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The Czech National Anthem: Where My Home Is

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The title sounds almost funny, doesn’t it? However, listening to the funeral-like tune and “strange,” old-fashioned words and expressions certainly won’t make you laugh.

Every time I see proud American or French people jump up and sing along when their anthem starts playing, my heart clenches. Play the Czech anthem in a room full of Czechs… Nothing will happen. Sadly, we’re not patriots––quite the opposite, actually––and it shows. Don’t get me wrong, when the Czech hockey team won the gold medal at the Olympics 20 years ago, most of us felt very… Czech. Since then… Radio silence in the patriotism department.

In this article, we will explore and decipher the lyrics and history of the Czech national anthem. According to some, it is a beautiful expression of Czech ideals: humanism and deep love for our beautiful land. Compared to the heroic French La Marseillaise or spunky Slovakian Nad Tatrou sa blýská (which used to be the second part of Czechoslovakian anthem before 1993––more on that later), it’s not much. It seems to lack energy and fire… And I can’t help but compare their presidents to our old man when I hear the slow, sort of tired-sounding tune.

Czech Flag

Czech flag – Česká vlajka.

Log in to Download Your Free Cheat Sheet - Beginner Vocabulary in Czech Table of Contents
  1. The History of Czech Anthem: It Started with an Opera
  2. Lyrics of Kde domov můj
  3. When is it played?
  4. How CzechClass101.com Helps You Learn Czech in a Fun Way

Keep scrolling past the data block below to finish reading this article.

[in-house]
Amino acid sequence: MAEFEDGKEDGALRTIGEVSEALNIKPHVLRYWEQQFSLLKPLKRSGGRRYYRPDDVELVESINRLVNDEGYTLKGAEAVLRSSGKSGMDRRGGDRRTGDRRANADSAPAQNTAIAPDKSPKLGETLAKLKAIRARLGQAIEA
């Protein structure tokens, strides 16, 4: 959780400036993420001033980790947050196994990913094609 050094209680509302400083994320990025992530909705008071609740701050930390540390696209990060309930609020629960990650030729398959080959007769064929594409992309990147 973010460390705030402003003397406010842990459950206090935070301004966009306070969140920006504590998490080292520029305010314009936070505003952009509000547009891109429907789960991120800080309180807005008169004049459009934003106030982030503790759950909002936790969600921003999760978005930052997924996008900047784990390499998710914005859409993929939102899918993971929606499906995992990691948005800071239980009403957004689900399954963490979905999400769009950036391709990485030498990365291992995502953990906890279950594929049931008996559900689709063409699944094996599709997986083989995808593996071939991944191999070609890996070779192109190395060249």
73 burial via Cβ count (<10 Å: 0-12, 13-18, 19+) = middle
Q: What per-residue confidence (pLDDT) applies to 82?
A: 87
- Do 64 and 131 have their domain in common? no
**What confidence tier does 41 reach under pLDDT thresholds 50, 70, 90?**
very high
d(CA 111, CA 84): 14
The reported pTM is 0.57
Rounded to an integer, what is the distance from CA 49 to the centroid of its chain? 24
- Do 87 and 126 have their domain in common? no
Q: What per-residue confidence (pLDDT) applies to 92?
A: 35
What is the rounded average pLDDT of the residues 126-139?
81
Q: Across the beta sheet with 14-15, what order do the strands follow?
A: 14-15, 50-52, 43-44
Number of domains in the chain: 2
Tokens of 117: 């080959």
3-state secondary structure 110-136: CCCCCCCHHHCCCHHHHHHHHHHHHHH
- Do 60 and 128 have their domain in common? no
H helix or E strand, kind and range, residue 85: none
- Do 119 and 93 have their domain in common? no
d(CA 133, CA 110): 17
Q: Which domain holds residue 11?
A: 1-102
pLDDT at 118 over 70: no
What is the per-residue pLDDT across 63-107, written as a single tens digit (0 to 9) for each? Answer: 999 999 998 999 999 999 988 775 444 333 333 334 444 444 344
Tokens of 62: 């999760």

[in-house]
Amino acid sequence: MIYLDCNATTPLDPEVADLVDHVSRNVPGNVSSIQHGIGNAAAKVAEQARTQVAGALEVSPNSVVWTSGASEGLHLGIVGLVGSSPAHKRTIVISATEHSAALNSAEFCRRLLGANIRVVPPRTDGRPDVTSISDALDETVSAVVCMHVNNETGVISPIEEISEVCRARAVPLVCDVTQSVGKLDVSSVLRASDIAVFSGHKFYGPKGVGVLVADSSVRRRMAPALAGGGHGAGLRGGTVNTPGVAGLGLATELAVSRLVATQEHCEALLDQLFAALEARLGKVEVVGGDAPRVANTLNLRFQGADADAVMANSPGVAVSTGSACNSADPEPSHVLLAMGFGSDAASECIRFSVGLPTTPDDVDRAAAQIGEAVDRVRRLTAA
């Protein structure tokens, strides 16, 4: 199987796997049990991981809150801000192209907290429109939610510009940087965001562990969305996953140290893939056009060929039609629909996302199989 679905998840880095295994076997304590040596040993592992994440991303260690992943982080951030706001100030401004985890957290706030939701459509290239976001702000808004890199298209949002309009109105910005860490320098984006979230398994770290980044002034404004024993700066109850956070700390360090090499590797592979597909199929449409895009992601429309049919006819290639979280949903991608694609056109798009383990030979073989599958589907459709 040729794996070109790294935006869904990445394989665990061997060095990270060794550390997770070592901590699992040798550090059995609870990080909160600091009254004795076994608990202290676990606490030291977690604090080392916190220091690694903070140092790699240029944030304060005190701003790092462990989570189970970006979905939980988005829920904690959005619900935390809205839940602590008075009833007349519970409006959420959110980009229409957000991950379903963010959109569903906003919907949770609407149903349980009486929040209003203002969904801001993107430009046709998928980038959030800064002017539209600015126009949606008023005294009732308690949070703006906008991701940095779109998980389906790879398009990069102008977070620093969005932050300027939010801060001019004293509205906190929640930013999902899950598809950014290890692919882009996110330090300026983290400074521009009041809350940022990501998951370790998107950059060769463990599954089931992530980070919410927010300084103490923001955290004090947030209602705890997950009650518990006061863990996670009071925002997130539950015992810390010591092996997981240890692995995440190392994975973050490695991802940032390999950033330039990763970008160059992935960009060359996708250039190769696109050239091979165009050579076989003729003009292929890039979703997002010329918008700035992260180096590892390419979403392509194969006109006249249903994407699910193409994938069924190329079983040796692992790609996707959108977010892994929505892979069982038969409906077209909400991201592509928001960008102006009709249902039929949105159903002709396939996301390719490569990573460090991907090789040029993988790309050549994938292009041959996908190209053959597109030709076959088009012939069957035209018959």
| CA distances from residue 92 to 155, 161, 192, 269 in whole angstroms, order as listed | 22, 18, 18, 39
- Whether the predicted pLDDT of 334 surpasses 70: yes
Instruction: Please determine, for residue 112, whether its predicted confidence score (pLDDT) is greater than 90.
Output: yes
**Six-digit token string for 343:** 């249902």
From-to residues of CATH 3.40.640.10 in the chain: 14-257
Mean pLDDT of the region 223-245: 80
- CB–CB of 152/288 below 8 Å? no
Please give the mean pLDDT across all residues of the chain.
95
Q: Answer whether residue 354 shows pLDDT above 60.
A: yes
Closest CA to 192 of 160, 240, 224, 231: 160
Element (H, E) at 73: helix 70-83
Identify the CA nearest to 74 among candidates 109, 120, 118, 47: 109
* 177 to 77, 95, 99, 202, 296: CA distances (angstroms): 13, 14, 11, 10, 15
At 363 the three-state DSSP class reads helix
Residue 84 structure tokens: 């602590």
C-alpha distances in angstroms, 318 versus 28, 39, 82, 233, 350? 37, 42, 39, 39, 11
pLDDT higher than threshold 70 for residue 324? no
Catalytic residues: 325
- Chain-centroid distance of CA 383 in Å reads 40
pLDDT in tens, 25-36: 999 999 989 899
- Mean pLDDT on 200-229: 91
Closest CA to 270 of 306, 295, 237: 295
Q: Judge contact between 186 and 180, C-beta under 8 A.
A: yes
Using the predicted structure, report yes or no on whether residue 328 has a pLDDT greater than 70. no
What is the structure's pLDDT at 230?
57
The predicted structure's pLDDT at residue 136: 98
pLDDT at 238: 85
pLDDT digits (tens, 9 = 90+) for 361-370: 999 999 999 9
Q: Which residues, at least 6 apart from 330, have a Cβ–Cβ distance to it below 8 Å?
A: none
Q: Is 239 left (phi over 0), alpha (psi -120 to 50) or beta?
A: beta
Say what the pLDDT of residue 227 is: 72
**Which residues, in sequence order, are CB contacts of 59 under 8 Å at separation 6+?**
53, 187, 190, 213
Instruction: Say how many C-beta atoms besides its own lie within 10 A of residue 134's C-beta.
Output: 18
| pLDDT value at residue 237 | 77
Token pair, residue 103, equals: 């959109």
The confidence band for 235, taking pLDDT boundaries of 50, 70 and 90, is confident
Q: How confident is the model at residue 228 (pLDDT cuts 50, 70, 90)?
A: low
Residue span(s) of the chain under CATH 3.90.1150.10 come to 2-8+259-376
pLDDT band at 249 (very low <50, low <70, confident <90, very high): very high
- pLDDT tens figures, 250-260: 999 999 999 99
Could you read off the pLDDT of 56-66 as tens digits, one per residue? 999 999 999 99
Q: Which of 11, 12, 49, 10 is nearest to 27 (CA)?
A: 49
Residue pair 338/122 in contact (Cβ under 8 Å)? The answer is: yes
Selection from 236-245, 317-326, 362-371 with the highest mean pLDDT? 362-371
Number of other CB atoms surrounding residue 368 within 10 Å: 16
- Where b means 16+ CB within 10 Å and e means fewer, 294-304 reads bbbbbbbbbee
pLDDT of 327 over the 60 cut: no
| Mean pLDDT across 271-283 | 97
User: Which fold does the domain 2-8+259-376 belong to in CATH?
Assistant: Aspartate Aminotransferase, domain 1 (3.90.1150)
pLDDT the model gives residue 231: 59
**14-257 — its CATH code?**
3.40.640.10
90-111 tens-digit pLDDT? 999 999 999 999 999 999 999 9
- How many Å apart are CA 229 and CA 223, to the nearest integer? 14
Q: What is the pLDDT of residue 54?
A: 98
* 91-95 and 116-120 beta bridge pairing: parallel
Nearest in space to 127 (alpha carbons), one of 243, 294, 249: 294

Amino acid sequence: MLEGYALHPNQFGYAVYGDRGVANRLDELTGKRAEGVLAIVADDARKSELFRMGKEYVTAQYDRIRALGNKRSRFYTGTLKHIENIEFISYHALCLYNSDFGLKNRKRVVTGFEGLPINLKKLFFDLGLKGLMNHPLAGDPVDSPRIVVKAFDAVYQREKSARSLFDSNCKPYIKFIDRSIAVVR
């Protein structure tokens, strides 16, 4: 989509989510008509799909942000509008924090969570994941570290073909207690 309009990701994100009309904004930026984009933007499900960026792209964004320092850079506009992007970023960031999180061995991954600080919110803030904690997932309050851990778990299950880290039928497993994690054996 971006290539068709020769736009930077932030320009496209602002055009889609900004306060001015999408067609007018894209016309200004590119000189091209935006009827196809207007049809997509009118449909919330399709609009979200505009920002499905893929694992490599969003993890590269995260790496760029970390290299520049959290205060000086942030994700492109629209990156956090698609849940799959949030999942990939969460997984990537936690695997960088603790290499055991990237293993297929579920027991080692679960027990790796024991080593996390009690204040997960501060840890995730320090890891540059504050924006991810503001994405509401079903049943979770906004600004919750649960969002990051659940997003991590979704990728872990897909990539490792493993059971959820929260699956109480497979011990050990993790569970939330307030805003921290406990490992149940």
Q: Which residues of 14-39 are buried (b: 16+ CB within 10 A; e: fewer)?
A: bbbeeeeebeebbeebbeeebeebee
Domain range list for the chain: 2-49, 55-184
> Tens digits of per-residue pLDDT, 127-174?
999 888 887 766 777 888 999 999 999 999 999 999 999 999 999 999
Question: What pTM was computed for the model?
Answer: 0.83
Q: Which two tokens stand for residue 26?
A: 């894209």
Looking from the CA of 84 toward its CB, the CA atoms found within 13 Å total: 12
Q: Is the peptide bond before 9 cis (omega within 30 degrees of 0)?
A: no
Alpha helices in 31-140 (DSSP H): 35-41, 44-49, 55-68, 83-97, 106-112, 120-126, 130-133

1. The History of Czech Anthem: It Started with an Opera

Believe it or not, this piece was originally written for a patriotic opera comedy called Fidlovačka aneb Žádný hněv a žádná rvačka (“Fidlovačka, or No Anger and No Brawl”). In the play, written by Josef Kajetán Tyl and composed by František Škroup, it is performed during a very emotional, sad scene by a blind violinist. The author, Josef Kajetán Tyl, wasn’t sure about the song’s quality, and almost convinced the director to leave it out. He felt the composer’s version, as opposed to the festive chorale that he asked him to compose, was too sentimental.

Imagine his surprise when Fidlovačka became widely popular among the Czech audience who, at those dark times, striving for recognition and trying and failing to break free from the oppressive Habsburg monarchy––in 1834, people would grab every chance to be Czech, speak Czech, sing in Czech to affirm their national identity, and let the German empire know they would hold their ground no matter what.

It is hard to believe that some people found this sweet song “vulgar.”

    Czechs were only an ethnic minority, and the goal of the opera and the future anthem was to enhance the national feeling and pride.

Kde domov můj was soon accepted as an informal Czech anthem, and when Czechoslovakia, aka the First Republic, was founded in 1918, it became the first official anthem of the young country. Because of the ethnic and language diversity (it was VERY common to speak German at that time), the anthem was translated into German and Hungarian. The German version of the anthem was used between 1918 and 1938.

Fun Facts:

  1. The title of the play later became the name of a theater in Prague.
  1. The bilingual Czechoslovakian version was played in many Slovakian towns at noon before the countries split in 1993.
  1. Before Czechoslovakia was established, there was a long debate about whether the song was still suitable and whether there should be a more “serious” piece written for this noble purpose. Remember, opera was almost like today’s movies, and having a “movie soundtrack” as an anthem was considered almost frivolous by officials and folk.